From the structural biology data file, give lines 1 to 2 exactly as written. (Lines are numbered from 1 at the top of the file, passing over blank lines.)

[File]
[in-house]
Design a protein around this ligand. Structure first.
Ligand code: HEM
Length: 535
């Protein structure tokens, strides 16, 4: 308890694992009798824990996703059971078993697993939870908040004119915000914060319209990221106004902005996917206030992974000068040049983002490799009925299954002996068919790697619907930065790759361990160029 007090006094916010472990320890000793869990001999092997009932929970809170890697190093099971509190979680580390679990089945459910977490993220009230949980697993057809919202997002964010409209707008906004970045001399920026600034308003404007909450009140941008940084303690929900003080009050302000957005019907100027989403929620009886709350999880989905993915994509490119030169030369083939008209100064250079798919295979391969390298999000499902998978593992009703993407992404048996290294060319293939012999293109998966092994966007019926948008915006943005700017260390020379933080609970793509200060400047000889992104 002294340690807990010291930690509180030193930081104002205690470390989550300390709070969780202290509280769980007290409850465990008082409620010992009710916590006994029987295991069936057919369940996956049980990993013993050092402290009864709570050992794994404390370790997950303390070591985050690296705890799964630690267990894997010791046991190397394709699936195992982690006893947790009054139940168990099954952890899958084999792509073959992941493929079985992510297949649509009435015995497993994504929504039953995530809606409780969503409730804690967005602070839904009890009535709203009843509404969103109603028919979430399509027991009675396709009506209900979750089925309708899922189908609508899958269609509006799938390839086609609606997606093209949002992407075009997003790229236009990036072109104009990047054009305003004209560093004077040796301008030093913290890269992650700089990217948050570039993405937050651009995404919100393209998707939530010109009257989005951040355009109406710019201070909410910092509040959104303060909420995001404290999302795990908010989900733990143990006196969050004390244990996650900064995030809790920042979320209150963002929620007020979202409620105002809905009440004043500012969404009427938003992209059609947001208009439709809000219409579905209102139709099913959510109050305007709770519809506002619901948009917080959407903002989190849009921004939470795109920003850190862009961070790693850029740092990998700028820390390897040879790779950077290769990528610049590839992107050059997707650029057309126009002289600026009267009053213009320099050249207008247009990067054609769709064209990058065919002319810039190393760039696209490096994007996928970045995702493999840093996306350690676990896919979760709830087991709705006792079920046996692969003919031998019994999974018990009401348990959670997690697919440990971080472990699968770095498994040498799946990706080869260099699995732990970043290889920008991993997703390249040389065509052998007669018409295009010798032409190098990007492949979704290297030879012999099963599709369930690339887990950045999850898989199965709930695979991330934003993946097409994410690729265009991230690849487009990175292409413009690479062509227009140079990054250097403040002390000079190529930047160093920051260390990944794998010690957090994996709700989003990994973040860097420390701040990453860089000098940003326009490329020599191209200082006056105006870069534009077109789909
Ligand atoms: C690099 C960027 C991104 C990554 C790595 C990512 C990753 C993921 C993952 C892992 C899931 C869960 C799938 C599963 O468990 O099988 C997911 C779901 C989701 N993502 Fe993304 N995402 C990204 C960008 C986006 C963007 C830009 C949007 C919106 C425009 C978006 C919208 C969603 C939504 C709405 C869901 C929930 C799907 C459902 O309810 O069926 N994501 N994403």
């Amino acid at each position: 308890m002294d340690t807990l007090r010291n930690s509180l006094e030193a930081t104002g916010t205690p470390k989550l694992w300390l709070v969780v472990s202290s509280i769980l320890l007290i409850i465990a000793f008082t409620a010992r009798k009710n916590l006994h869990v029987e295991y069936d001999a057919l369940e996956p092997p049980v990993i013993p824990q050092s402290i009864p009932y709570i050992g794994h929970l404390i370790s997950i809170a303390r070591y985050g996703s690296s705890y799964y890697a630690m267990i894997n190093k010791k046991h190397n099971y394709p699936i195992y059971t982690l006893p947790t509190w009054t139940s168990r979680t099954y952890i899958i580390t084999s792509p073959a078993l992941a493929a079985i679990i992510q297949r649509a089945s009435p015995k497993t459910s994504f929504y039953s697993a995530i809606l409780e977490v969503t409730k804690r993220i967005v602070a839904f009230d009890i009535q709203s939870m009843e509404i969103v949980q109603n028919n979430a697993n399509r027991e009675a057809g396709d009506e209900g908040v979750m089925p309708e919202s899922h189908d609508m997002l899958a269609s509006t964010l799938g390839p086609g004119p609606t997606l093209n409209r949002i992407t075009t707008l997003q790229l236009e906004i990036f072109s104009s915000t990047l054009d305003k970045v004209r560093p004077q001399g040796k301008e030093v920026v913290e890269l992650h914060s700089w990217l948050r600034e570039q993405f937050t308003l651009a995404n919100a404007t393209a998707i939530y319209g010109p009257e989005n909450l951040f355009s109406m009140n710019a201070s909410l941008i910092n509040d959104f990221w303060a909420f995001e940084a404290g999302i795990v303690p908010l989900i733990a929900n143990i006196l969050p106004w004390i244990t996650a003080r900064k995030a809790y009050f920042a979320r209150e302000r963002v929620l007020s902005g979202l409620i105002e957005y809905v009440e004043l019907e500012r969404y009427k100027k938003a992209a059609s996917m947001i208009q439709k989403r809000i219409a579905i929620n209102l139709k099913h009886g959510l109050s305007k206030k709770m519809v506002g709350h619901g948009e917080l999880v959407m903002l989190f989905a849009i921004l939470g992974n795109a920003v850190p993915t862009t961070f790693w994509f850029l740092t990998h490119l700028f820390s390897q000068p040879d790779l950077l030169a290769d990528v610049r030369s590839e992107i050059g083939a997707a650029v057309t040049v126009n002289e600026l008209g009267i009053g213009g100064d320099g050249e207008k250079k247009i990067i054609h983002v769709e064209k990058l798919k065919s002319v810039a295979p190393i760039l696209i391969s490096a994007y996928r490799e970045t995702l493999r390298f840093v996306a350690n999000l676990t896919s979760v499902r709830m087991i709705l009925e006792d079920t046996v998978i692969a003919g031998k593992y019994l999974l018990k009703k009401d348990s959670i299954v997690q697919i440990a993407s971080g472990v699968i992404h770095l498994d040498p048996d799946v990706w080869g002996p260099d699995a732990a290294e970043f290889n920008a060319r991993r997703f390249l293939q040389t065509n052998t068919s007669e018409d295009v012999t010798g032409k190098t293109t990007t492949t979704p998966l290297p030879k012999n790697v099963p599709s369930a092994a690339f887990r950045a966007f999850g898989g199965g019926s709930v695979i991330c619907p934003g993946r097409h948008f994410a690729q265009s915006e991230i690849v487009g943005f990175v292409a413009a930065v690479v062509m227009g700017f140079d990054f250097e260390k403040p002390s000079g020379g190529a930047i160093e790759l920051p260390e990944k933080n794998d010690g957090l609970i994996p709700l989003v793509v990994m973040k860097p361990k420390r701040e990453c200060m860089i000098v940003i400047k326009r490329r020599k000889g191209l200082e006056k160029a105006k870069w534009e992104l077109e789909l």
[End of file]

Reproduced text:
[in-house]
Design a protein around this ligand. Structure first.